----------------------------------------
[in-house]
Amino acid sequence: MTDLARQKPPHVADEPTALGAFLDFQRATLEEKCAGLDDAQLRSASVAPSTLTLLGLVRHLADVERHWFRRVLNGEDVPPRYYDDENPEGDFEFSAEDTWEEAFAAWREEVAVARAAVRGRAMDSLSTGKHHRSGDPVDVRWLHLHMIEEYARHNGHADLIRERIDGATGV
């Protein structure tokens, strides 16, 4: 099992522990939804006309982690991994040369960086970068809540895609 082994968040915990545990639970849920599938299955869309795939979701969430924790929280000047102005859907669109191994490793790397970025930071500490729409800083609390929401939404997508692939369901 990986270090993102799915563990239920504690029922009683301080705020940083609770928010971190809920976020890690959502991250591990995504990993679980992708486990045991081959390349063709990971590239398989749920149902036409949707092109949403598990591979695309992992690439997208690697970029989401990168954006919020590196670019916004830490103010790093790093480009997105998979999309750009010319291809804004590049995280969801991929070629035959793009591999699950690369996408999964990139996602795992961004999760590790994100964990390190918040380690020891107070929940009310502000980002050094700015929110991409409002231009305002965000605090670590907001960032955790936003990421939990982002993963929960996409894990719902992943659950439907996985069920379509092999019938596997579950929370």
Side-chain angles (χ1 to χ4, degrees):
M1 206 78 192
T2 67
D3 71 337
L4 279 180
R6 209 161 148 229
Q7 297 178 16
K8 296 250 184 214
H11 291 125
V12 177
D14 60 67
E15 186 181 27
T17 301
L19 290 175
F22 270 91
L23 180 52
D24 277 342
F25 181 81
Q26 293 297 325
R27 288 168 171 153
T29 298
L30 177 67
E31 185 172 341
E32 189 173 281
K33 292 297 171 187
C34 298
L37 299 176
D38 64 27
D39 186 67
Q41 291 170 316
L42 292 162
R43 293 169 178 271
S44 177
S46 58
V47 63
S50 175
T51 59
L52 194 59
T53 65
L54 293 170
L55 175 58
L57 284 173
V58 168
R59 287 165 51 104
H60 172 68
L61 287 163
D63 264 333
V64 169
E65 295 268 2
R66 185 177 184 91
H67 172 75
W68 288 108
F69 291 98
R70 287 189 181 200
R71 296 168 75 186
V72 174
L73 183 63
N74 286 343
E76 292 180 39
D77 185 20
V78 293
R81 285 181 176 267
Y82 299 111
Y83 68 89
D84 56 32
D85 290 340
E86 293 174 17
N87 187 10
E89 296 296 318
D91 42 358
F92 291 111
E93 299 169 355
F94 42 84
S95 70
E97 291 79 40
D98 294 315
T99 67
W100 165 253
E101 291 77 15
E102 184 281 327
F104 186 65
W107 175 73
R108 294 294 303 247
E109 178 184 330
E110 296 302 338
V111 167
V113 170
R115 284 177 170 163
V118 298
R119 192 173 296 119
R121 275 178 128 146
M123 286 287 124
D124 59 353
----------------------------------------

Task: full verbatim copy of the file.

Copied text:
[in-house]
Amino acid sequence: MTDLARQKPPHVADEPTALGAFLDFQRATLEEKCAGLDDAQLRSASVAPSTLTLLGLVRHLADVERHWFRRVLNGEDVPPRYYDDENPEGDFEFSAEDTWEEAFAAWREEVAVARAAVRGRAMDSLSTGKHHRSGDPVDVRWLHLHMIEEYARHNGHADLIRERIDGATGV
């Protein structure tokens, strides 16, 4: 099992522990939804006309982690991994040369960086970068809540895609 082994968040915990545990639970849920599938299955869309795939979701969430924790929280000047102005859907669109191994490793790397970025930071500490729409800083609390929401939404997508692939369901 990986270090993102799915563990239920504690029922009683301080705020940083609770928010971190809920976020890690959502991250591990995504990993679980992708486990045991081959390349063709990971590239398989749920149902036409949707092109949403598990591979695309992992690439997208690697970029989401990168954006919020590196670019916004830490103010790093790093480009997105998979999309750009010319291809804004590049995280969801991929070629035959793009591999699950690369996408999964990139996602795992961004999760590790994100964990390190918040380690020891107070929940009310502000980002050094700015929110991409409002231009305002965000605090670590907001960032955790936003990421939990982002993963929960996409894990719902992943659950439907996985069920379509092999019938596997579950929370």
Side-chain angles (χ1 to χ4, degrees):
M1 206 78 192
T2 67
D3 71 337
L4 279 180
R6 209 161 148 229
Q7 297 178 16
K8 296 250 184 214
H11 291 125
V12 177
D14 60 67
E15 186 181 27
T17 301
L19 290 175
F22 270 91
L23 180 52
D24 277 342
F25 181 81
Q26 293 297 325
R27 288 168 171 153
T29 298
L30 177 67
E31 185 172 341
E32 189 173 281
K33 292 297 171 187
C34 298
L37 299 176
D38 64 27
D39 186 67
Q41 291 170 316
L42 292 162
R43 293 169 178 271
S44 177
S46 58
V47 63
S50 175
T51 59
L52 194 59
T53 65
L54 293 170
L55 175 58
L57 284 173
V58 168
R59 287 165 51 104
H60 172 68
L61 287 163
D63 264 333
V64 169
E65 295 268 2
R66 185 177 184 91
H67 172 75
W68 288 108
F69 291 98
R70 287 189 181 200
R71 296 168 75 186
V72 174
L73 183 63
N74 286 343
E76 292 180 39
D77 185 20
V78 293
R81 285 181 176 267
Y82 299 111
Y83 68 89
D84 56 32
D85 290 340
E86 293 174 17
N87 187 10
E89 296 296 318
D91 42 358
F92 291 111
E93 299 169 355
F94 42 84
S95 70
E97 291 79 40
D98 294 315
T99 67
W100 165 253
E101 291 77 15
E102 184 281 327
F104 186 65
W107 175 73
R108 294 294 303 247
E109 178 184 330
E110 296 302 338
V111 167
V113 170
R115 284 177 170 163
V118 298
R119 192 173 296 119
R121 275 178 128 146
M123 286 287 124
D124 59 353